The name is Nagar, Ramji Nagar. To anyone who visits Ramji Nagar, located near Trichy in Tamil Nadu, it looks just like a typical village but a digging up a little will reveal you its unmatched notoriety. Yes, Ramji Nagar remains a village of robbers and there are registered cases of theft, dacoity and burglary on the villagers in over three dozen police station across the country. Originally these people are from Andhra Pradesh and are called as ‘Capmaris’ (in Chennai slang ‘capmari’ means swindler). Robbing is something these people are doing for generations. They do it with devotion as if it were their breadwinning occupation and do not have any guilt at this illegal and unethical activity.
In the pre-independence years these people lived near Karur and went about their business of robbing in the neighbouring villages. Unable to bear their robbing atrocities the affected villagers made sure the robbers vacated the place. The government offered these people a place to live near the Ramji Mill in Trichy; they were even provided with jobs in the mill. The capmaris settled in the place and Ramji Nagar came into existence. But these people weren’t ready to mend their ways, they were happy earning a living by robbing.
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In those days people went overseas seeking greener pastures. Ramji Nagar people too went abroad, to countries like Burma (Myanmar) and Malaysia, but to engage in robbery. Over the years the robbers amassed wealth and started to live in posh bungalows. It is said that,people lived in neighbouring villages too took to robbery, on seeing the prosperity of Ramji Nagar residents. Ramji Nagar robbers operate with ease all over India. They choose an auspicious day for any robbing operation and before every robbery they worship their deity in the locality with special offerings. After a successful loot, they go to Kanyakumari to cleanse their sin by way of washing their feet in the ‘Thriveni Snagamam’.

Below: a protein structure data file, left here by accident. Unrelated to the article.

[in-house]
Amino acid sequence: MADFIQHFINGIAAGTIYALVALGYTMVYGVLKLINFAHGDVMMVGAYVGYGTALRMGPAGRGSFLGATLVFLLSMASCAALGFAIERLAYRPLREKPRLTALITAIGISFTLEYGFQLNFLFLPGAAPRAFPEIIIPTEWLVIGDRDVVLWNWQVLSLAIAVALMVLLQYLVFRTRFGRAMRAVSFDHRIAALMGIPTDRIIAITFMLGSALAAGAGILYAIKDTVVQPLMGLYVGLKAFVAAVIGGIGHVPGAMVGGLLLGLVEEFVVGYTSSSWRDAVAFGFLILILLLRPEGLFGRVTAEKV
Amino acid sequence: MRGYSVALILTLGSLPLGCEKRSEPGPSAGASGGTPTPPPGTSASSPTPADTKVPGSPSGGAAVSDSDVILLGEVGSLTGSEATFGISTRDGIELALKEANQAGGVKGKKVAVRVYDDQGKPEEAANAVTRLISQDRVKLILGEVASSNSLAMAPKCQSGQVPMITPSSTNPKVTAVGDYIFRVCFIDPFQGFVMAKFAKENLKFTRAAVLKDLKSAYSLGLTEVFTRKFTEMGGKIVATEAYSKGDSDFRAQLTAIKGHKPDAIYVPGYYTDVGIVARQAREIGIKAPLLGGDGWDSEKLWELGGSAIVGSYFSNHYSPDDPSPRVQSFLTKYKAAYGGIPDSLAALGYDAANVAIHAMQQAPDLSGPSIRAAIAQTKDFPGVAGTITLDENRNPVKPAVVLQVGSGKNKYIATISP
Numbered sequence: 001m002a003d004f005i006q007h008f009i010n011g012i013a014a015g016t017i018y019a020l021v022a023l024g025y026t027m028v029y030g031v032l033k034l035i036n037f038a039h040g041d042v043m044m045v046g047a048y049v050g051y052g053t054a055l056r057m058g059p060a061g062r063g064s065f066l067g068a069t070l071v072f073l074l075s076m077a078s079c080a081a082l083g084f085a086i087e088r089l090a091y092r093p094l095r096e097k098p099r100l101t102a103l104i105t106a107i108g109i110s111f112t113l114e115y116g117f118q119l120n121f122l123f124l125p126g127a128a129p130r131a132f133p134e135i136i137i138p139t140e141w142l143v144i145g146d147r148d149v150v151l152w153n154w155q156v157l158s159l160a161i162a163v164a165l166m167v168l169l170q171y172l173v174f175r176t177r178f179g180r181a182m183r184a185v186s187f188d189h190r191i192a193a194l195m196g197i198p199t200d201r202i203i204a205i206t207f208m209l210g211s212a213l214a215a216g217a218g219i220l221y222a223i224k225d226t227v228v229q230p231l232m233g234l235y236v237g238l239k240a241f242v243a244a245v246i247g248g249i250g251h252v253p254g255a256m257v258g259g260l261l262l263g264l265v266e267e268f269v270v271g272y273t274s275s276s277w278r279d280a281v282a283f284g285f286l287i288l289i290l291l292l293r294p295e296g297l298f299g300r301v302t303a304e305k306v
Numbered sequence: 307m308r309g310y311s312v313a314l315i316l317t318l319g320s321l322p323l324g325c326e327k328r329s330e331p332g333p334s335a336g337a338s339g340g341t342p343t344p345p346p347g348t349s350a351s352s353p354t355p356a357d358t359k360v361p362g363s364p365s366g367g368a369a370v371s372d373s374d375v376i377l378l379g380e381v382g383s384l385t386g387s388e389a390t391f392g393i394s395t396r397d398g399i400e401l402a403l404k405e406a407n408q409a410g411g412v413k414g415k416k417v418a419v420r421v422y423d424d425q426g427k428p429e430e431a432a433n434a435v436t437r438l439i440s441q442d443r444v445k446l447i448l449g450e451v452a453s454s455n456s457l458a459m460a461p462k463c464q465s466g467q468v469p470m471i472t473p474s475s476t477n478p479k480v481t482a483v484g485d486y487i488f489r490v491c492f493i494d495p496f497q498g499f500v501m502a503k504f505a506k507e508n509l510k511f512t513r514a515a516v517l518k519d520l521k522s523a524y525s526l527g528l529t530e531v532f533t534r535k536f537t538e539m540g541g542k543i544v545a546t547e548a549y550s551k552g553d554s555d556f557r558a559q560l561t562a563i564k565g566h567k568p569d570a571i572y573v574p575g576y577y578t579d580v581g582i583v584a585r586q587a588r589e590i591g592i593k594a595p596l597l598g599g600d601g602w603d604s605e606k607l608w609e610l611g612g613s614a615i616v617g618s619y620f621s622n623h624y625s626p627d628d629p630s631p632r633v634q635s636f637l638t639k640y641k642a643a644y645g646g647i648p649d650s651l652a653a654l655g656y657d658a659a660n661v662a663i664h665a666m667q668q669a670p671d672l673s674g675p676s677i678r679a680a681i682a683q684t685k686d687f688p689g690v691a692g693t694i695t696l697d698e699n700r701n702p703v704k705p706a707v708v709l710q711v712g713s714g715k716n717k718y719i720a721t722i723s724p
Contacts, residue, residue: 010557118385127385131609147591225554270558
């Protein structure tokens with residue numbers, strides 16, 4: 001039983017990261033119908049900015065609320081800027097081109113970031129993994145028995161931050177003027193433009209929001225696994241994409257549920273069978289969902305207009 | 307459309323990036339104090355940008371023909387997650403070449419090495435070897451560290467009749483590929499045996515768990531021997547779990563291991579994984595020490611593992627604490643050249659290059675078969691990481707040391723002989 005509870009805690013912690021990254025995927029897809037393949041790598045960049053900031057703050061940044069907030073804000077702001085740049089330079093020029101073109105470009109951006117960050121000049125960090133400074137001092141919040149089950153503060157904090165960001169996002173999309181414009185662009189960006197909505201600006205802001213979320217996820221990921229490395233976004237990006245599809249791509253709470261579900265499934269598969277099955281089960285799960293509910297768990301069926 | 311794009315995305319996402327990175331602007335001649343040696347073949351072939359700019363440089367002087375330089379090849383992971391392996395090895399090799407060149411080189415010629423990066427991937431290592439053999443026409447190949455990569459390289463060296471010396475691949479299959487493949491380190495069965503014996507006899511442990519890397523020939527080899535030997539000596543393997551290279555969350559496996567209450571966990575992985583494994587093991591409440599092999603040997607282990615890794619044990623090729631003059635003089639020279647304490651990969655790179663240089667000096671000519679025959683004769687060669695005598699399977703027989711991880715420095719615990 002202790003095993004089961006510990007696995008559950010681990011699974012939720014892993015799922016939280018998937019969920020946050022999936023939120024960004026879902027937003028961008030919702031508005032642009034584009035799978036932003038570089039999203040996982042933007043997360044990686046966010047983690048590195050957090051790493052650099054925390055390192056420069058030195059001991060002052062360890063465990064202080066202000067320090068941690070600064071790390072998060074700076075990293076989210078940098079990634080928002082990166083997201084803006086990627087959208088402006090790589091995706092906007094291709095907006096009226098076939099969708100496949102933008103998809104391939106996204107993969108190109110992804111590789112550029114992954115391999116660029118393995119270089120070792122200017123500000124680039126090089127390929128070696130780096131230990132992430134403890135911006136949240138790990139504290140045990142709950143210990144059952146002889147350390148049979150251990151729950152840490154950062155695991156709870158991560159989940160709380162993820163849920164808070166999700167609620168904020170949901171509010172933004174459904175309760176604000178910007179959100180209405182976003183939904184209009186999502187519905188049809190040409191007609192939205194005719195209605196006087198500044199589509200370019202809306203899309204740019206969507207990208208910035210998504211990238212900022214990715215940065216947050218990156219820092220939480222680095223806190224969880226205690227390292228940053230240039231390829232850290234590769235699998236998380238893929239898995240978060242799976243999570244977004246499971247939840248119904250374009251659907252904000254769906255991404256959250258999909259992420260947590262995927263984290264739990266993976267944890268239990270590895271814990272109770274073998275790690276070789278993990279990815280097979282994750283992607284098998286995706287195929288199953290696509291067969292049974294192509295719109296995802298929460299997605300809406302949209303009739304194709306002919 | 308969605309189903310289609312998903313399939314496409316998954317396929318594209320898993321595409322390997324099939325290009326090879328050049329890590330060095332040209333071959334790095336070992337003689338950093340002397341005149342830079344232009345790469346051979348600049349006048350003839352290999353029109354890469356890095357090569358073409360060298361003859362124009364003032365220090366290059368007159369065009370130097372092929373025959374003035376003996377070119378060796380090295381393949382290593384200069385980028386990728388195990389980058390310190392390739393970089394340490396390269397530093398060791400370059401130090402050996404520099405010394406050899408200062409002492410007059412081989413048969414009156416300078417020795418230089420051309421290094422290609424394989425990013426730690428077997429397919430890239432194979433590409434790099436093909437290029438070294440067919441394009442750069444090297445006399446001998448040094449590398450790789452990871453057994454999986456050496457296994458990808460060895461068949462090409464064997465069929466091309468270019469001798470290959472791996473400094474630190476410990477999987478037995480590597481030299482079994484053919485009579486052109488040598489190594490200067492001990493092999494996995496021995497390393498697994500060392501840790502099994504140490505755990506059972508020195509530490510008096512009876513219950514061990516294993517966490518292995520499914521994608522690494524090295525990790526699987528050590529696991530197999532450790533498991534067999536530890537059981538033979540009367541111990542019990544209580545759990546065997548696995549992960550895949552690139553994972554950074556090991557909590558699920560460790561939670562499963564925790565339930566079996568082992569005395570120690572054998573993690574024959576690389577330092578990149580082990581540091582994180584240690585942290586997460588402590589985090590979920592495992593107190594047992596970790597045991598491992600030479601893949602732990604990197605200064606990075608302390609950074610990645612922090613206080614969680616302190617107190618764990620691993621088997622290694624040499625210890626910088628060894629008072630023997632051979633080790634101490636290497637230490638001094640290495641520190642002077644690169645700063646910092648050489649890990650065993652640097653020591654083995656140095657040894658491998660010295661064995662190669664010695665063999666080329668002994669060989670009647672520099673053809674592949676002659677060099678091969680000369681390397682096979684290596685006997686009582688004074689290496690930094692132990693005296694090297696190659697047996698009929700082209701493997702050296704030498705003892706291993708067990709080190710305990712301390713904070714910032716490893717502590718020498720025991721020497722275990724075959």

These robbers have their own ethics; whatever is the situation they won’t kill a person while robbing. If caught while robbing, they find a willing usurper who would admit doing the crime. The usurper is called ‘konnaiyan’ and he is paid handsomely by the person who engages his ‘service’. When attempt big Ramji Nagar residents go in huge numbers; as almost all the men from the village is gone, for days there would hardly be the presence of males there. Police forces from Kerala, Andhra Pradesh and other States would often keep watch in the outskirts of the village to nab persons from the village engaged in a loot or dacoity in their respective State.
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Police call these people as ‘Ramji Nagar Gang’. Their modus operandi is flawless. They will arrive in groups of 10-20 with a leader (he travels in luxury AC coach or by air). They have a definite work charter; each member is assigned a specific task. Adults concentrated on actual commission, while juveniles stand as sentinels for lookout. They even have a cook and a washerman to hold fort and be self sufficient. Thus the Ramji Nagar robbers have constituted a legend-like narrative so contemporary and intriguing, but one wishes they join the mainstream society by abandoning this daredevilry way of living.